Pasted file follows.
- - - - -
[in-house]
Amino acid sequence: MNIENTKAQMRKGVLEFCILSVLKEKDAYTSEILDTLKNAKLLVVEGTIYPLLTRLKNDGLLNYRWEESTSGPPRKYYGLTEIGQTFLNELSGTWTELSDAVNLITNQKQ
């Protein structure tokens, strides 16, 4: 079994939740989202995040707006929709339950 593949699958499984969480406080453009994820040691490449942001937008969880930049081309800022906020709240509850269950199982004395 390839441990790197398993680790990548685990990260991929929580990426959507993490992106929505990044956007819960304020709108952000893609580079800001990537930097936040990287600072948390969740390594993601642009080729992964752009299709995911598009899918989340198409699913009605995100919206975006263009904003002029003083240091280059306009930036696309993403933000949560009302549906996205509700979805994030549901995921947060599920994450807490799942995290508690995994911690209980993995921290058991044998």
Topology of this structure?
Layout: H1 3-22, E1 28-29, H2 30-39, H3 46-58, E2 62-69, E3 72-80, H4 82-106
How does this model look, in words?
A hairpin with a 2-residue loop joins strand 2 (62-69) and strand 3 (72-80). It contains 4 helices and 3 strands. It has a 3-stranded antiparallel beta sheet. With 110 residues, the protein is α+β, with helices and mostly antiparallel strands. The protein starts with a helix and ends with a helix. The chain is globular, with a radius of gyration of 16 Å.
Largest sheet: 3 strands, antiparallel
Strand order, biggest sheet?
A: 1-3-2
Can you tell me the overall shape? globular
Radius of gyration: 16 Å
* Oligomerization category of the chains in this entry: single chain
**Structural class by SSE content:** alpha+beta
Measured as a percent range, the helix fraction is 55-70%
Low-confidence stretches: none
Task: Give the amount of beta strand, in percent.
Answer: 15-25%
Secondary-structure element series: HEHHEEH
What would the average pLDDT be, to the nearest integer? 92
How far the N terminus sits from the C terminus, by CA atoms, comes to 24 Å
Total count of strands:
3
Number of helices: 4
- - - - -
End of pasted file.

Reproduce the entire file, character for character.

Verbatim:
[in-house]
Amino acid sequence: MNIENTKAQMRKGVLEFCILSVLKEKDAYTSEILDTLKNAKLLVVEGTIYPLLTRLKNDGLLNYRWEESTSGPPRKYYGLTEIGQTFLNELSGTWTELSDAVNLITNQKQ
């Protein structure tokens, strides 16, 4: 079994939740989202995040707006929709339950 593949699958499984969480406080453009994820040691490449942001937008969880930049081309800022906020709240509850269950199982004395 390839441990790197398993680790990548685990990260991929929580990426959507993490992106929505990044956007819960304020709108952000893609580079800001990537930097936040990287600072948390969740390594993601642009080729992964752009299709995911598009899918989340198409699913009605995100919206975006263009904003002029003083240091280059306009930036696309993403933000949560009302549906996205509700979805994030549901995921947060599920994450807490799942995290508690995994911690209980993995921290058991044998």
Topology of this structure?
Layout: H1 3-22, E1 28-29, H2 30-39, H3 46-58, E2 62-69, E3 72-80, H4 82-106
How does this model look, in words?
A hairpin with a 2-residue loop joins strand 2 (62-69) and strand 3 (72-80). It contains 4 helices and 3 strands. It has a 3-stranded antiparallel beta sheet. With 110 residues, the protein is α+β, with helices and mostly antiparallel strands. The protein starts with a helix and ends with a helix. The chain is globular, with a radius of gyration of 16 Å.
Largest sheet: 3 strands, antiparallel
Strand order, biggest sheet?
A: 1-3-2
Can you tell me the overall shape? globular
Radius of gyration: 16 Å
* Oligomerization category of the chains in this entry: single chain
**Structural class by SSE content:** alpha+beta
Measured as a percent range, the helix fraction is 55-70%
Low-confidence stretches: none
Task: Give the amount of beta strand, in percent.
Answer: 15-25%
Secondary-structure element series: HEHHEEH
What would the average pLDDT be, to the nearest integer? 92
How far the N terminus sits from the C terminus, by CA atoms, comes to 24 Å
Total count of strands:
3
Number of helices: 4